I had come with the group Women of Vision. We’re women from all over the United States who work with the non-profit World Vision to improve the lives of people around the world and in our own communities. When our group took this journey overseas, I know many of us believed this would be the trip of a lifetime. But I think few of us could have imagined that it would be the trip of a lifetime for this young mother as well. Victoria had malaria and was very sick. Her tiny newborn, Rebecca, was dangerously underweight. Without an incubator, IVs, or an ambulance to transport mother and daughter to a hospital, the outcome seemed bleak.
Unfortunately, it’s a story that’s all too common for millions of mothers and their babies. Every year, nearly 3.2 million tiny newborns die within a month of their birth from illnesses like malaria and diarrhea. Every day, 1,000 mothers die in pregnancy and childbirth. But it doesn’t have to be that way. Nearly all of those deaths could be prevented with simple medical care, immunizations or bed nets.
Women do not have to travel to another country to know the struggles mothers face everywhere. In living rooms around the country, mothers have been gathering to educate and raise awareness for child and maternal health by hosting a Baby Shower for Every Mother. Like traditional showers, there are decorations and cake, but photos of mothers from around the world line the wall along with their stories, which are often difficult. Women play shower games, but these games have a twist, each created to educate about child and maternal health. Women end up sharing their experience as a mother and what it would have been if they were not fortunate enough to give birth in a country with better resources. Women put together baby baskets for their members of congress bringing to light the reality that when you do not have clean water, proper nutrition during pregnancy or access to a clinic, onesies and blankets are not the priority. These showers began as an idea and the hostess receives a kit. However, without us even realizing it, they grow to so much more. One guest commented, “The evening was educational, spiritual, and stirring and we couldn’t help but leave changed.”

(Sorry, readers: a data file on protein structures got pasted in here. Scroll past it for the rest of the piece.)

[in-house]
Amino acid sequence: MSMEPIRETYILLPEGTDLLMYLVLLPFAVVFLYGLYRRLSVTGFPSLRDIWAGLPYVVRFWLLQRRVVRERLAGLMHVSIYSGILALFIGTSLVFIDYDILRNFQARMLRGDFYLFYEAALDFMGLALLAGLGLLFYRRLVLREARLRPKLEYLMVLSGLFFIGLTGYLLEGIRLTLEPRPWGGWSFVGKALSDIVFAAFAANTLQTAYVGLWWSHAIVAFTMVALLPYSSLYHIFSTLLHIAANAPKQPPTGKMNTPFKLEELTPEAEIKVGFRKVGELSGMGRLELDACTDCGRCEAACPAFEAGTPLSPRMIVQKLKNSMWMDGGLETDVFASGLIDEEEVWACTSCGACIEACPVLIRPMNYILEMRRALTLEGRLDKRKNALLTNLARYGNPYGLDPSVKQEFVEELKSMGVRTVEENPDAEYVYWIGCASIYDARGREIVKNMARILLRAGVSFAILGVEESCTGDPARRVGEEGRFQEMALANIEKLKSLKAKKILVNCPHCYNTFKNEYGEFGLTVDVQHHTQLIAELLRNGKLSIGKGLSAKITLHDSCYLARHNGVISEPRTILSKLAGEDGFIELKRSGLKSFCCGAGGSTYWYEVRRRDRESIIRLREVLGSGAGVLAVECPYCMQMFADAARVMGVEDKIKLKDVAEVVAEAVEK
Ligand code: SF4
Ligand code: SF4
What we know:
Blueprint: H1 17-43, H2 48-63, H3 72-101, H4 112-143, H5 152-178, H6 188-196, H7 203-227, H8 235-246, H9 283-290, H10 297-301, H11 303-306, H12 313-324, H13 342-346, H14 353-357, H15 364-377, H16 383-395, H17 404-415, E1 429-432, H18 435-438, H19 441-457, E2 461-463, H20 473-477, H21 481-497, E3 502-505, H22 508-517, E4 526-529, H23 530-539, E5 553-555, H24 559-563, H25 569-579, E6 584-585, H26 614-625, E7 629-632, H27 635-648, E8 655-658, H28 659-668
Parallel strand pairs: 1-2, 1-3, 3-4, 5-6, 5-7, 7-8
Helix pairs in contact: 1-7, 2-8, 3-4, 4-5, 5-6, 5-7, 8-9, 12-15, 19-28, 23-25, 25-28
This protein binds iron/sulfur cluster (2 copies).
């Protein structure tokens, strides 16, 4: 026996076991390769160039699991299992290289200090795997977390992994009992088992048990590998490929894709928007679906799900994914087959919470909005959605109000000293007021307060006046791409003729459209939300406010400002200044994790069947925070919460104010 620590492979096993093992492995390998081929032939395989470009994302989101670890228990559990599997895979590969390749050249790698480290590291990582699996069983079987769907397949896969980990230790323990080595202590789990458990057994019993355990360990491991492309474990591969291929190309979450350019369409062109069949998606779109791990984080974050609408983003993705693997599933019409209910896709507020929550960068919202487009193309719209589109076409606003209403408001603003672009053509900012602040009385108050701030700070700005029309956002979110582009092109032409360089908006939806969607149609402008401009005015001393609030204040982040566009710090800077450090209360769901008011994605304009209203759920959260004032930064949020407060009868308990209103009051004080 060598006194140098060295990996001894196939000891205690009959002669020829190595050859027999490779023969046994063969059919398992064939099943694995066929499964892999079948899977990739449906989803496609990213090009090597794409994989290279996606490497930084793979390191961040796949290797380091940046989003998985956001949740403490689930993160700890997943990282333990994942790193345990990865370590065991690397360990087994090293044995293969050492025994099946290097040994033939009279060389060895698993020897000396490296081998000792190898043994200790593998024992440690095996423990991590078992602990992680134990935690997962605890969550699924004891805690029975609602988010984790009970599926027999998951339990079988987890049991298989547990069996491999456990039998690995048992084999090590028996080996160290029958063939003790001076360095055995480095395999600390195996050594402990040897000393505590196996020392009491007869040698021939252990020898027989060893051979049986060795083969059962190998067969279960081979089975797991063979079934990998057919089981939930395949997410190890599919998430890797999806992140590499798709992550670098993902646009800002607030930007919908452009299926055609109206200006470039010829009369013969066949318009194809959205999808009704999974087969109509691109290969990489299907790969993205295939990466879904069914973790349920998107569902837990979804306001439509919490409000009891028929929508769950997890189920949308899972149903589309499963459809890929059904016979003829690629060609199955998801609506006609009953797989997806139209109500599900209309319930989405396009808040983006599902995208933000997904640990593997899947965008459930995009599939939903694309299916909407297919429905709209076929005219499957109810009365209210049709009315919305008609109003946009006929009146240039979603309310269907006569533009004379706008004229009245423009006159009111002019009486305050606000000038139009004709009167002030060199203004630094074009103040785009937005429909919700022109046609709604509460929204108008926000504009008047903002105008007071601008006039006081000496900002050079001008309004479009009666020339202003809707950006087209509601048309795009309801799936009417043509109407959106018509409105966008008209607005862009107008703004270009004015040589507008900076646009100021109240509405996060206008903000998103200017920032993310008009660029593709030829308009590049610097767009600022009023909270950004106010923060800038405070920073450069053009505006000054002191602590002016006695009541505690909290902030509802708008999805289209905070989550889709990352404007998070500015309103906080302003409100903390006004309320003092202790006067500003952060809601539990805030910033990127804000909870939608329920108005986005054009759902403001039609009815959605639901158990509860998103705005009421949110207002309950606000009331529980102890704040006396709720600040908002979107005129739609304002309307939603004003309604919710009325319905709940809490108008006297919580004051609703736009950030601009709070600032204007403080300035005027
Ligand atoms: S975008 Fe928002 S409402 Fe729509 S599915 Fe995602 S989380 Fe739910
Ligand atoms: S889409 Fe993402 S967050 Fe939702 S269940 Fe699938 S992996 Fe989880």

Many pregnant women in the developing world face the same dilemma as Victoria and Rebecca: solutions are simple – but not available – for women without enough money to pay for them or access to nearby healthcare. Gratefully, the presence of the World Vision clinic meant a chance at a survival for this mother and child. Staff members were able to use a vehicle to rush Victoria and Rebecca to a nearby hospital for life-saving care and medicine. The Women of Vision and supported Victoria with 100 US dollars to meet some of the baby’s basic needs. Little Rebecca has been immunized against deadly diseases that often kill children in Kenya before their fifth birthday. And because of other World Vision projects in the area, the family will have easy access to clean water. Despite a tumultuous birth, it’s a bright future for Victoria and Rebecca.
It’s the same future we hope one day to give to all children and mothers. I hope you can support this important effort, whether its learning more, joining the campaign, donating to one of the many charities fighting for maternal health or by contacting Women of Vision to request a baby shower kit. One small step that could mean the world for a mother-to-be and the child she carries.